A lot of people dream of running their own business because of the flexibility it does give you, which I am so thankful for going into the holidays this year, but many struggle with the aspects of streamlining their business in a way that allows them to do that and not allow the extra brain wave of “hustle” take over.

What techniques have you tried for getting the horse’s attention and what have you found works best? What’s the craziest thing you’ve done to get a good shot?

SS: I’ll use anything and everything, but more times then often I rely on the All Ears App to get their attention as I’m shooting by myself most of the time. I had an assistance use a swim noodle before… I’ve also just flat out jumped from rocks or thrown a dirt pile [laughs].

How does photographing horses differ from photographing humans?

SS: The biggest thing I educate my clients on and definitely use as my selling point is that I know horses. When I teach workshops on photographing horses I always recommend that they learn some type of horsemanship, either at a local barn or from a friend that might have them. We can’t tell horses to stop, smile, and say cheese, so we have to be able to not only read what they’re comfortable with, but realize horses have good and bad sides too and adjust them accordingly. Oh, and don’t forget you have a human subject in there too that you have to direct around what their horse is doing!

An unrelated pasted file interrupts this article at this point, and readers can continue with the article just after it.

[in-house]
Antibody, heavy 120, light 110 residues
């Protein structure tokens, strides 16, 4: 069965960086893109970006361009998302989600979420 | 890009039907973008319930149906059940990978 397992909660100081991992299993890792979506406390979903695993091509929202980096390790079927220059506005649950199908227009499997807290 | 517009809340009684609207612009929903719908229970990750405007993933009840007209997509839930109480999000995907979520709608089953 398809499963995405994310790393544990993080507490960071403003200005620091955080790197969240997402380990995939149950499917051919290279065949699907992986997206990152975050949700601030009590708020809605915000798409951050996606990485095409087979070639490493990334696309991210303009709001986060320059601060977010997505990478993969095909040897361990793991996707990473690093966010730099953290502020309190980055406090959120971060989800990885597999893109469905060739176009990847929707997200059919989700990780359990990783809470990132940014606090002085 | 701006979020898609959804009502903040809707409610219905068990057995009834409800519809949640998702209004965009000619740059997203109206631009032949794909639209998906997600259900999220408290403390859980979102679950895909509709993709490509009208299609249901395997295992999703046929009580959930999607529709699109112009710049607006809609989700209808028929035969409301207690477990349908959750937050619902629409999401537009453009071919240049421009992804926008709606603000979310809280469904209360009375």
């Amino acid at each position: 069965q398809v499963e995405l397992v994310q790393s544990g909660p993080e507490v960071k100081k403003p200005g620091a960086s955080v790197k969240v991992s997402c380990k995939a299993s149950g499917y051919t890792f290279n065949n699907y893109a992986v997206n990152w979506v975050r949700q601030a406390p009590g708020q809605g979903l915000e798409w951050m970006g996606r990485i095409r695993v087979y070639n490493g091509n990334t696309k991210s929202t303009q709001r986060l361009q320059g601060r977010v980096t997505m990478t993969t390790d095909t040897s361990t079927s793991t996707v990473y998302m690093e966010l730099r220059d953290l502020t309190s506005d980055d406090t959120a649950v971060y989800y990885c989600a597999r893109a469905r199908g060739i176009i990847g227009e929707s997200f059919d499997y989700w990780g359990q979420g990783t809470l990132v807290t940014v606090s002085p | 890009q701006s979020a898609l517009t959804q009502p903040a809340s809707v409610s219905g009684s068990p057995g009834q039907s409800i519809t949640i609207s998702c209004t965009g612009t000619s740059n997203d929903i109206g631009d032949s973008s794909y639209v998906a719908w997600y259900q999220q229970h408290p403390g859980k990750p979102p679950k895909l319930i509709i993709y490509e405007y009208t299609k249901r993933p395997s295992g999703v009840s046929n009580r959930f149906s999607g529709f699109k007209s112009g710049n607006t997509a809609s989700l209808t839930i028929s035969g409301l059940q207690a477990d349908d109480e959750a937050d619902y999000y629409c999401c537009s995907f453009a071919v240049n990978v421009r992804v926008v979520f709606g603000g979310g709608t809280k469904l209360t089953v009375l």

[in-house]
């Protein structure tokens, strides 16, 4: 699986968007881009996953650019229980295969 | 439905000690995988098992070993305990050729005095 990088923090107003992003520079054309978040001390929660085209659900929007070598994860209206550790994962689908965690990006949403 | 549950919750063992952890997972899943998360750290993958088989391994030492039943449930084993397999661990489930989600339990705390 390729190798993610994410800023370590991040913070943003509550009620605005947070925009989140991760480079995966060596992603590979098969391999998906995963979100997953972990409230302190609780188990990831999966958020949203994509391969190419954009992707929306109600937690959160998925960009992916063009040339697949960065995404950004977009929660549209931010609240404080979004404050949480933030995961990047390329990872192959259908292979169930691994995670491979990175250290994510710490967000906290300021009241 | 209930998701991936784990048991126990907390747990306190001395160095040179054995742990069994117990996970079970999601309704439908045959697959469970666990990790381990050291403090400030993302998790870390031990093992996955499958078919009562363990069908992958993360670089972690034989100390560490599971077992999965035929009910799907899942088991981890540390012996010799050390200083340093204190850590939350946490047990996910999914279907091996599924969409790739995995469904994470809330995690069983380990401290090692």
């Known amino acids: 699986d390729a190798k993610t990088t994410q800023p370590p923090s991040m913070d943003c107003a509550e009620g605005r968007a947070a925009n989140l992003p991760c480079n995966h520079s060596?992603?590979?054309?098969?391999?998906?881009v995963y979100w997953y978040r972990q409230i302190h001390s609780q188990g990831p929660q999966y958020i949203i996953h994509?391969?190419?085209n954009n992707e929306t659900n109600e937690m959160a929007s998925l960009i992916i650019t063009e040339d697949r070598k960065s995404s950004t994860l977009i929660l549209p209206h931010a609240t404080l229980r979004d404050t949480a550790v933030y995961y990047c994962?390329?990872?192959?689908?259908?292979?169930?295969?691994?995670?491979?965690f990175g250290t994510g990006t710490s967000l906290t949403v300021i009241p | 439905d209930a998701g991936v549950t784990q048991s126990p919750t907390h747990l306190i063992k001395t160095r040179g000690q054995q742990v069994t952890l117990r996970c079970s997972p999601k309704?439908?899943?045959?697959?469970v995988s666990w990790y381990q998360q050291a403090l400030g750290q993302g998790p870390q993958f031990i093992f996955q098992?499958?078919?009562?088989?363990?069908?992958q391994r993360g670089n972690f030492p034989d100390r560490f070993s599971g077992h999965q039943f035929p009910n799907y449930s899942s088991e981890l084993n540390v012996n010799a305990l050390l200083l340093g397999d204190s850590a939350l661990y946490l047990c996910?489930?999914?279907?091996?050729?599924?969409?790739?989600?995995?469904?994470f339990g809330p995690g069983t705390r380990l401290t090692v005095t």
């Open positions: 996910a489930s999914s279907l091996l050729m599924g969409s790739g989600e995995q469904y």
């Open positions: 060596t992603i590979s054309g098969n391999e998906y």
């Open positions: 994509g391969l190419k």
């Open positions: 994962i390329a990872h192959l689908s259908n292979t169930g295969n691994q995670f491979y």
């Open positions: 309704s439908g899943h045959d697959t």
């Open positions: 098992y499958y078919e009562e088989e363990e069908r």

Why do you think it’s important to get your horses photographed?

SS: After all the ribbons have been won, the miles of trails that have been conquered, the fields have been raced through, and the late night hang outs in their stall are over, you want to be certain you will never forget your best friend- the horse that changed your life. Photographs are a way to ensure these memories will live on forever.

Just as anything, the unexpected can happen at anytime as the universe has its plans on this journey we call life; the same goes with our equine partners. I’ve photographed my horses for years and as my boys grow older and older I feel so blessed knowing I have so many moments captured of our journey and relationship that I can share even when he’s gone. My horse Marco will be part of my family for generations.

Do you have any dream photoshoots?

SS: I have about a million. I want to photograph horses in the snow, I’d love to do a cattle drive in New Zealand and document the whole experience. I’m big on story telling and capturing moments when it comes to my horse and rider pairs. Although it might be great to have a ton of people look at a photo and say “Wow that is beautiful,” I’d much rather have my client say, “This completely tells our story.”

What is your advice to any aspiring equine photographers?

SS: Build a brand, not a business. People need to buy into YOU and not just your work. Really take the time to develop exactly how you want to make people feel, what your brand can offer the universe, and marketing to your IDEAL client. Really hone in on the aspects of your business and it will carry you further then you know!

BEFORE//AFTER

Check out more of Sara’s portfolio here.

Follow Sara on Instagram here.